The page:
Central and Eastern European LCC Wizz Air has secured its UK air operator’s certificate (AOC) and operating license, paving the way for Wizz Air UK to launch flights on May 3.

London Luton-headquartered Wizz Air UK has been created to protect Wizz Air from route-right uncertainty, as the UK prepare to leave the European Union (Brexit). Other major European LCCs, like easyJet and Ryanair, have followed a similar strategy.

For the time being, Wizz Air UK has been established as a wholly owned subsidiary of EU-owned Wizz Air Holdings. This may ultimately need to change, depending on post-Brexit airline ownership requirements.

“While Wizz Air UK is a key part of our Brexit contingency plan, it is also the first genuine ultra-LCC licensed in the UK and the natural next-step in the development of our UK business,” Wizz Air CEO József Váradi said, announcing the Wizz Air UK launch at a media dinner in London on May 2.

Wizz Air UK has already performed some non-revenue training flights, but the first commercial flight will operate between London Luton and Bucharest on May 3.

“We are going to very quickly ramp up our operations, within two months, to eight aircraft,” Váradi said. “This is going to become a very sizeable operation right from the beginning, probably even bigger than we intended.”

The UK operation will start with a fleet of five aircraft (three Airbus A321s and two A320s) and grow to eight aircraft (five A321s and three A320s) by June 4. Seven out of the eight aircraft will come directly from Airbus, while the final one will come from Wizz Air’s Hungarian operation.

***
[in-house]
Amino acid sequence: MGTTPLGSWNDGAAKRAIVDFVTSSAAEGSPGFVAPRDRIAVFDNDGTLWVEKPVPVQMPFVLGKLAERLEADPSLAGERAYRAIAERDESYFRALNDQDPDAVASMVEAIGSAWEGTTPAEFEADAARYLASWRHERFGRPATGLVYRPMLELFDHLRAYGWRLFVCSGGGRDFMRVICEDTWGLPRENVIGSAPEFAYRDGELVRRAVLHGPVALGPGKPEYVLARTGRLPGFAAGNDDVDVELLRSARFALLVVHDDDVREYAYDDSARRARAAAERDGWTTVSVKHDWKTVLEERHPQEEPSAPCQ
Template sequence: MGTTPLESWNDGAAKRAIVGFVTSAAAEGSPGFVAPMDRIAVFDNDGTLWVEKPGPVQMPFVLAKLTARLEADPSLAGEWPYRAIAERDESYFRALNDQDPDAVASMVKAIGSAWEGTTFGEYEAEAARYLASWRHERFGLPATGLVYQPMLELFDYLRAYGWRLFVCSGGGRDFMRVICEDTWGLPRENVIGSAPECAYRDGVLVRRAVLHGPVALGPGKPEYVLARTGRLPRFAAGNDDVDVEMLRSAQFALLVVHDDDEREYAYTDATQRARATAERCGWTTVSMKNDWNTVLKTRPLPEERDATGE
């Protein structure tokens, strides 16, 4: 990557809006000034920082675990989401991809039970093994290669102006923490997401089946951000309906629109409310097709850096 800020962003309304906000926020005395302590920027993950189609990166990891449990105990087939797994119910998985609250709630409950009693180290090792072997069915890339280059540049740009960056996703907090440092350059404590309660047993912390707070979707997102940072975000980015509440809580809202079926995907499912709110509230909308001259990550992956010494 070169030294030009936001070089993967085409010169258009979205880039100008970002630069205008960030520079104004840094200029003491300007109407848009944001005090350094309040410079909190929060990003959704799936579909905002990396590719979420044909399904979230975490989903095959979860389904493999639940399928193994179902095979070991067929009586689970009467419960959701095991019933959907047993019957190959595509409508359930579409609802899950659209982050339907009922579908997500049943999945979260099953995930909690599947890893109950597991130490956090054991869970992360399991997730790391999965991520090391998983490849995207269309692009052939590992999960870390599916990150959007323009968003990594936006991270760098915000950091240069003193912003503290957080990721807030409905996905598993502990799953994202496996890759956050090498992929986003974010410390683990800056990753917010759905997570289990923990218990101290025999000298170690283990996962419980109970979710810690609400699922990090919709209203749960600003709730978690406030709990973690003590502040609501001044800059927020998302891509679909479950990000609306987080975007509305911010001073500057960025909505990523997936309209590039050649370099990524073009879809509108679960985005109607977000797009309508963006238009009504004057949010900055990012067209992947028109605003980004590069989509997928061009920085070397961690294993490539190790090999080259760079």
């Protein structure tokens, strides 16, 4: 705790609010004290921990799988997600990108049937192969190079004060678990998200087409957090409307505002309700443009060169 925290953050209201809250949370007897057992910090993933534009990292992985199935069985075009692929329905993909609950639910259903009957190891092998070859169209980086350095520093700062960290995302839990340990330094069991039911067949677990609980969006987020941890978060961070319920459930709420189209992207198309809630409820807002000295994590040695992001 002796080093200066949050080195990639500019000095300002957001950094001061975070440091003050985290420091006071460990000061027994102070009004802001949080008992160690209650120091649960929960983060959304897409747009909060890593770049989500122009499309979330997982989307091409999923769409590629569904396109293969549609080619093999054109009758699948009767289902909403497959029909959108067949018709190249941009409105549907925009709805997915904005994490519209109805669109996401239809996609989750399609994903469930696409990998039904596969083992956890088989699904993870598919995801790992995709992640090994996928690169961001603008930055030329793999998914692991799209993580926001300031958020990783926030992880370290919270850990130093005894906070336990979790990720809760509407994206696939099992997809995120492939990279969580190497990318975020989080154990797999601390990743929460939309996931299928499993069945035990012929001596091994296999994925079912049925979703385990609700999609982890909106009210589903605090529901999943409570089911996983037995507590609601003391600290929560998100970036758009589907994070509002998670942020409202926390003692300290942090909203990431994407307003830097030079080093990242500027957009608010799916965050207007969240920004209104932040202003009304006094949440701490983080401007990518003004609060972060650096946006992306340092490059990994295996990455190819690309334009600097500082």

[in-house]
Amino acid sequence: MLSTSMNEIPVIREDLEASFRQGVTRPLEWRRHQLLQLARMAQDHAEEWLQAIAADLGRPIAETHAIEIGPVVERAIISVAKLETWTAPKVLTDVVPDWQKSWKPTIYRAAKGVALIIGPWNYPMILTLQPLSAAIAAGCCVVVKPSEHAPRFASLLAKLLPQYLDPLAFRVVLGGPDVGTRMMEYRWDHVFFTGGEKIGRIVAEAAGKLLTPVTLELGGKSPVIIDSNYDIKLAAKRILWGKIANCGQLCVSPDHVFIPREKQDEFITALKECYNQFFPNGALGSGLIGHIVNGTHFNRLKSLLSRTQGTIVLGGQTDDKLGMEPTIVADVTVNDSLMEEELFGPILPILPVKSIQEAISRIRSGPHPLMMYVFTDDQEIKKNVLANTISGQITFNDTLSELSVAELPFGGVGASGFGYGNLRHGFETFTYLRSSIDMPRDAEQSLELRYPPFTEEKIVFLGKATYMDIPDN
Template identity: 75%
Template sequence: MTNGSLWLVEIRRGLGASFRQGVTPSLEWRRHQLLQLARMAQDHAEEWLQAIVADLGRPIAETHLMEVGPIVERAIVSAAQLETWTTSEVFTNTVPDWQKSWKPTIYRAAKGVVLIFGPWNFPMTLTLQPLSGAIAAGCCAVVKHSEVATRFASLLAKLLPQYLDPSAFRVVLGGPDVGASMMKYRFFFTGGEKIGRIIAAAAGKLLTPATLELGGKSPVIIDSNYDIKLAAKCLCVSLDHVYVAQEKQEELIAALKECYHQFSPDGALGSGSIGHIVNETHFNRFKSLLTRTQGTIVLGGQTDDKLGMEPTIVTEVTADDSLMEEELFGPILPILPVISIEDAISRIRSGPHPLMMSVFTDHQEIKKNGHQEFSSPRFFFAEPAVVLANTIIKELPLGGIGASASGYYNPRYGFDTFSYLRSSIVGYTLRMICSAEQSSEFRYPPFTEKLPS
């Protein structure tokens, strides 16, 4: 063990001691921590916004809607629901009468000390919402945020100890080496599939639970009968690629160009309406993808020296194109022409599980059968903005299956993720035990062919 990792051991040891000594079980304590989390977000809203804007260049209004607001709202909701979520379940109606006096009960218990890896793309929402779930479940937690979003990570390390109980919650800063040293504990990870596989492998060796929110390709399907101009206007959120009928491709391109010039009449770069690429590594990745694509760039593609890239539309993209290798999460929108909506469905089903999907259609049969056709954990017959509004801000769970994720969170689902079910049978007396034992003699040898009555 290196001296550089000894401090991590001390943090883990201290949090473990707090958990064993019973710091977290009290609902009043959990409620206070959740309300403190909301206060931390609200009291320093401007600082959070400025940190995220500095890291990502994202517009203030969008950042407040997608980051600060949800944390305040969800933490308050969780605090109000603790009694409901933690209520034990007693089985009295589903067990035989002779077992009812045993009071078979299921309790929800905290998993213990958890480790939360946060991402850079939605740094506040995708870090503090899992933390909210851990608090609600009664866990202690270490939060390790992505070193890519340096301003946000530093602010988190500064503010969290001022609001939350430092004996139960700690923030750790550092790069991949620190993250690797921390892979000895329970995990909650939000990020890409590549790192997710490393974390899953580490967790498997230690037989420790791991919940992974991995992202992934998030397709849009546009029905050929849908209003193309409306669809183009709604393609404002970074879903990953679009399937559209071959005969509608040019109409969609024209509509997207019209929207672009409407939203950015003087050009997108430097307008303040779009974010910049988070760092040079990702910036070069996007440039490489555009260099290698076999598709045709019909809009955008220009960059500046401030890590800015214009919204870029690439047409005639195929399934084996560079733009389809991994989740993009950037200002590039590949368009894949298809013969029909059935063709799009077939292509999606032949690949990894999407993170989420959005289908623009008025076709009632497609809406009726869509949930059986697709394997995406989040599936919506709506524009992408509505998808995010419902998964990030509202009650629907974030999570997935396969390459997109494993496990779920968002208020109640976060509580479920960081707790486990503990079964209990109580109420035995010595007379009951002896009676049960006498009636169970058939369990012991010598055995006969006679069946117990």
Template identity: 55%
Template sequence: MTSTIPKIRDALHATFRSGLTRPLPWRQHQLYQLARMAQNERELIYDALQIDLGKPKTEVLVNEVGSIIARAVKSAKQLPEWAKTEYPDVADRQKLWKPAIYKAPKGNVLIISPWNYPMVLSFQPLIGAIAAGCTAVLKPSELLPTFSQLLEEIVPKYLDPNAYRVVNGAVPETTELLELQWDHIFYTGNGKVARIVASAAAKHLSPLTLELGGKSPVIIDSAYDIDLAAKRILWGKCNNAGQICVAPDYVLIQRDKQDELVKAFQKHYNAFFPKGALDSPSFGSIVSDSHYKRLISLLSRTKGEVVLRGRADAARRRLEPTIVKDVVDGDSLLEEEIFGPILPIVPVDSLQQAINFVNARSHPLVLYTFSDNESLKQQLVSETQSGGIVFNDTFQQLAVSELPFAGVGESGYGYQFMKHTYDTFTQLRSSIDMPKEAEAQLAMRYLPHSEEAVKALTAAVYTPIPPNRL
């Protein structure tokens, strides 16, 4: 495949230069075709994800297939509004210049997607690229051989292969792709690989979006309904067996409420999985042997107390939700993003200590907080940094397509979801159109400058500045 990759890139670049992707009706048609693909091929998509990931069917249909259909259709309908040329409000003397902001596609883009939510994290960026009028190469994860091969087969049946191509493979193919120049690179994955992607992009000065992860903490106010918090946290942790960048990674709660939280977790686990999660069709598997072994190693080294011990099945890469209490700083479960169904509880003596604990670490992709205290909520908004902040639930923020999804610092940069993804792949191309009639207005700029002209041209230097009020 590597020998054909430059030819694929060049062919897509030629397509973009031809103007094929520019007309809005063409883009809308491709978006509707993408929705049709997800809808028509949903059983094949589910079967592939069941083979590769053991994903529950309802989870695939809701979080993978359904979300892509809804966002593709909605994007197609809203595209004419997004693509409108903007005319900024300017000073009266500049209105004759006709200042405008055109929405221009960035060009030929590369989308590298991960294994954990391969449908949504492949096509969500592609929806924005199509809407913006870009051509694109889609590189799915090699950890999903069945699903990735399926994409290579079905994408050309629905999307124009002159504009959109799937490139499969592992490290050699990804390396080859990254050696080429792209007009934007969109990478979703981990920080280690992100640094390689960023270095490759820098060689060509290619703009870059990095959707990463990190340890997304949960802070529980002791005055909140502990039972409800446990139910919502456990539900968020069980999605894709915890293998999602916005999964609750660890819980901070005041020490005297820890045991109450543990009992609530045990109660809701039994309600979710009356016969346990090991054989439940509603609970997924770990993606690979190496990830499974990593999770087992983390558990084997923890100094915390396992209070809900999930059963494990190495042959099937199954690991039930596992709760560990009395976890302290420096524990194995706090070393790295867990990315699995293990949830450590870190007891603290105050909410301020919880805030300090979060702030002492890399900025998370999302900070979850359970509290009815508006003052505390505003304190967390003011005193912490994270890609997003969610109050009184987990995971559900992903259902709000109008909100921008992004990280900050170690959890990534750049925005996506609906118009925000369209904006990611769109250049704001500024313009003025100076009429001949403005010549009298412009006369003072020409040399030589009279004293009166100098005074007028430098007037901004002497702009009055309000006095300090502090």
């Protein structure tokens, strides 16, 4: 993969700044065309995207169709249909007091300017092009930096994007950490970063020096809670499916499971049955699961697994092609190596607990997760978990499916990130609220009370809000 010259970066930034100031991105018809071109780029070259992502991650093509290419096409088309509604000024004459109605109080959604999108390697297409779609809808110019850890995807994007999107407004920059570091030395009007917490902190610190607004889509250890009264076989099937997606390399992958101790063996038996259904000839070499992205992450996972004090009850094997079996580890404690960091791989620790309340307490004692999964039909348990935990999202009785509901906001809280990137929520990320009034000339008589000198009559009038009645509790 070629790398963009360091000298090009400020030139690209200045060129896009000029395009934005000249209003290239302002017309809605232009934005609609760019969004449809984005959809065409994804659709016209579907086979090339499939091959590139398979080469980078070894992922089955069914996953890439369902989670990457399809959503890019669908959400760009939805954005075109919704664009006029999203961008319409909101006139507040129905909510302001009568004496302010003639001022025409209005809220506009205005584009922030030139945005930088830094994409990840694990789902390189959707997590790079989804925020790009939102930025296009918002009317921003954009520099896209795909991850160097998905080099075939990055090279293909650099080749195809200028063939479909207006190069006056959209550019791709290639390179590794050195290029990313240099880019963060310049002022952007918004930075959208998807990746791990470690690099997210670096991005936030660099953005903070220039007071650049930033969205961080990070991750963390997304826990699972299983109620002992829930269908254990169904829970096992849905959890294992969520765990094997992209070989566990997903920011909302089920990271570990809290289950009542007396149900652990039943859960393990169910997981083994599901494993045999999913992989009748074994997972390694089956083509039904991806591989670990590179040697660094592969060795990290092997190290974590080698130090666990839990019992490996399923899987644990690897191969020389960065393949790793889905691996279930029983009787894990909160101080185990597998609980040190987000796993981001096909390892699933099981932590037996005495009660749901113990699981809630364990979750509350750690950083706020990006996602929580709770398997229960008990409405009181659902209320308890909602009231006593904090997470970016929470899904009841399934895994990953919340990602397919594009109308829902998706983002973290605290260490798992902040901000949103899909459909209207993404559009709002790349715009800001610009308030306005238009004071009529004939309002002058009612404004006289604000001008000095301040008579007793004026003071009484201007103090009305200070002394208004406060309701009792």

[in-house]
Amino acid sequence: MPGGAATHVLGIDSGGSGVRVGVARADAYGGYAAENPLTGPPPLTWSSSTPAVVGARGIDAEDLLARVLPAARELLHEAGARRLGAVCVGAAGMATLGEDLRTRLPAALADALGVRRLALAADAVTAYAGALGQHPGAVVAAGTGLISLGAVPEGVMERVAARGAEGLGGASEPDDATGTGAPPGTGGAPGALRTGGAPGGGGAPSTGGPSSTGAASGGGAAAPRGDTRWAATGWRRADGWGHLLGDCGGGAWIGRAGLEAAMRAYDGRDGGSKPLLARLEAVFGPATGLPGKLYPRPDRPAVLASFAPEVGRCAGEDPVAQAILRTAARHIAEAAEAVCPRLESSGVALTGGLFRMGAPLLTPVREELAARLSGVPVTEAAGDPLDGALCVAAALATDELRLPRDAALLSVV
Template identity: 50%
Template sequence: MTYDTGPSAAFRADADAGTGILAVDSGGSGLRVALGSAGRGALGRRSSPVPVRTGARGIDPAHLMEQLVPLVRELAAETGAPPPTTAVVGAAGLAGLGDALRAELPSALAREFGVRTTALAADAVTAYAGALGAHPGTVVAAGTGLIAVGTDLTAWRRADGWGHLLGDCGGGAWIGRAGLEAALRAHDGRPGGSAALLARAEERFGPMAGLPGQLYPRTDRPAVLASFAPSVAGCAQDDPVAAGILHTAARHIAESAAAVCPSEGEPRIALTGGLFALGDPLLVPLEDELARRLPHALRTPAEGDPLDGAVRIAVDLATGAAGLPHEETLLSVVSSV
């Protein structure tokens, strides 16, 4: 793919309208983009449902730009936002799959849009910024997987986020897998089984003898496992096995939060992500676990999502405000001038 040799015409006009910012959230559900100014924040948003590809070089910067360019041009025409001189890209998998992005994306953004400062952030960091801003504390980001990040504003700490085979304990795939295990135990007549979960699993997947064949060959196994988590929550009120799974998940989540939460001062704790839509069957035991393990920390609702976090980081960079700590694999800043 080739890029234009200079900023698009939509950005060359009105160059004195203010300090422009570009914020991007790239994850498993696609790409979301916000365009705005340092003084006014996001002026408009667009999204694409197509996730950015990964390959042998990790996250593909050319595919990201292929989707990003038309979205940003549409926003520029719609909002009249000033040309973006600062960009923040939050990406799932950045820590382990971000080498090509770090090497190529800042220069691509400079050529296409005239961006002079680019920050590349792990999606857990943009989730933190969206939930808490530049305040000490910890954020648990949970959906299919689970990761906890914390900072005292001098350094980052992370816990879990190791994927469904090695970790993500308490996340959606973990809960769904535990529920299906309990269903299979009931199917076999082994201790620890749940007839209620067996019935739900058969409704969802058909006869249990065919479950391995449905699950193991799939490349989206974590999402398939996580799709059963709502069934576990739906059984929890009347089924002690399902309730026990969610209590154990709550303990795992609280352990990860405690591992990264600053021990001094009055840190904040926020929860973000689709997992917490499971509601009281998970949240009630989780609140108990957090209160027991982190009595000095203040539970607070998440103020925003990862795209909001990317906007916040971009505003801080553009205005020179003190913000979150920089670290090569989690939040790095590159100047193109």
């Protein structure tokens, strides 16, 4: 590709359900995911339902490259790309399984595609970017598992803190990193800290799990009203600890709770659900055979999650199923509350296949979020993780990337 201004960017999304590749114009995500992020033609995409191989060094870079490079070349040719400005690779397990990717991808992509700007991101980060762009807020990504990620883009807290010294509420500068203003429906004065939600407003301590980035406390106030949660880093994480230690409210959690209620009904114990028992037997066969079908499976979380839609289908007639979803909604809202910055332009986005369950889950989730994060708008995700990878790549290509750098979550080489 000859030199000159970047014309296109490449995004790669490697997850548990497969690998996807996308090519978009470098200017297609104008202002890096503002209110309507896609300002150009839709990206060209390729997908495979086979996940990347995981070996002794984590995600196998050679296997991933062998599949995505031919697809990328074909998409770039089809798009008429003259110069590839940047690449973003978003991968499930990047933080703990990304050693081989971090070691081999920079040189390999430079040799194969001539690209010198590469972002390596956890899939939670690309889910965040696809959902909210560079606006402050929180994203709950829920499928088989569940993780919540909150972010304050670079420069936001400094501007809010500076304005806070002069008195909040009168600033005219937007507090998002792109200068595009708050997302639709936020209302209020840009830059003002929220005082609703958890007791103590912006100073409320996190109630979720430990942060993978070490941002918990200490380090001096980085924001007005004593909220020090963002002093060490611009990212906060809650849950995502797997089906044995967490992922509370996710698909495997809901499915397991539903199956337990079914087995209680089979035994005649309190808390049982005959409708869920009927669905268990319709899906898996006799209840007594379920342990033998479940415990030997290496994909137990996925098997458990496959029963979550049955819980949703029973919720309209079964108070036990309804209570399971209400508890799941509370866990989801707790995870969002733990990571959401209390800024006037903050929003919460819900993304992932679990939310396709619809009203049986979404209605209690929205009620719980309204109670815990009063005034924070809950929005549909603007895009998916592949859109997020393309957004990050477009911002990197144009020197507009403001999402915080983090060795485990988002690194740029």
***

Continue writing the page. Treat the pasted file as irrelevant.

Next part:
When Brexit was first announced, Varadi slowed off Wizz Air’s UK growth. But, on May 2, he said underlying demand has remained intact and Wizz Air now plans to add 14% UK capacity in 2018. Varadi added that Wizz Air’s growth strategy is “totally a function of financial performance” and the main risk for Wizz Air UK is currency exposure.

Varadi said Wizz Air UK’s growth will continue to be focused on London, although he did not rule out further expansion in the UK regions too.

The new airline will create 300 new management, pilot and cabin crew jobs. Some support functions will be provided by Wizz Air’s central services team in Budapest.

Wizz Air operates a fleet of 96 A320 and A321 aircraft across a network of more than 600 routes from 28 bases. The rapidly growing LCC carried 29.6 million passengers during the financial year ended March 31.

Victoria Moores victoria.moores@informa.com